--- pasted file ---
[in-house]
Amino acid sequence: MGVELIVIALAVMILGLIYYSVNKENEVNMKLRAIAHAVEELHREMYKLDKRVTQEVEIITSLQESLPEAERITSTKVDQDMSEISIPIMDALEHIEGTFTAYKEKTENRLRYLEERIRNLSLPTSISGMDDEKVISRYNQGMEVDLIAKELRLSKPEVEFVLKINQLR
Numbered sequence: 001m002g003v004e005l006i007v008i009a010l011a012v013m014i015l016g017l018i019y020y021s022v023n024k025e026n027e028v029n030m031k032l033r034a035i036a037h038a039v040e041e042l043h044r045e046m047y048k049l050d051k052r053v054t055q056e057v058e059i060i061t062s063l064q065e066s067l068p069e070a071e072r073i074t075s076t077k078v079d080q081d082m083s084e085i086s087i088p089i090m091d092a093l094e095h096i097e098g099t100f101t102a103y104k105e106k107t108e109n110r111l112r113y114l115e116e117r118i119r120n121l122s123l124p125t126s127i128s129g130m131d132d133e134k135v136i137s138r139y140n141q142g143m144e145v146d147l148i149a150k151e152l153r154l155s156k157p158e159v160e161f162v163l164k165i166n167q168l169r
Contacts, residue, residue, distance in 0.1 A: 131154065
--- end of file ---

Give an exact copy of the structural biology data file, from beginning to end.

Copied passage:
[in-house]
Amino acid sequence: MGVELIVIALAVMILGLIYYSVNKENEVNMKLRAIAHAVEELHREMYKLDKRVTQEVEIITSLQESLPEAERITSTKVDQDMSEISIPIMDALEHIEGTFTAYKEKTENRLRYLEERIRNLSLPTSISGMDDEKVISRYNQGMEVDLIAKELRLSKPEVEFVLKINQLR
Numbered sequence: 001m002g003v004e005l006i007v008i009a010l011a012v013m014i015l016g017l018i019y020y021s022v023n024k025e026n027e028v029n030m031k032l033r034a035i036a037h038a039v040e041e042l043h044r045e046m047y048k049l050d051k052r053v054t055q056e057v058e059i060i061t062s063l064q065e066s067l068p069e070a071e072r073i074t075s076t077k078v079d080q081d082m083s084e085i086s087i088p089i090m091d092a093l094e095h096i097e098g099t100f101t102a103y104k105e106k107t108e109n110r111l112r113y114l115e116e117r118i119r120n121l122s123l124p125t126s127i128s129g130m131d132d133e134k135v136i137s138r139y140n141q142g143m144e145v146d147l148i149a150k151e152l153r154l155s156k157p158e159v160e161f162v163l164k165i166n167q168l169r
Contacts, residue, residue, distance in 0.1 A: 131154065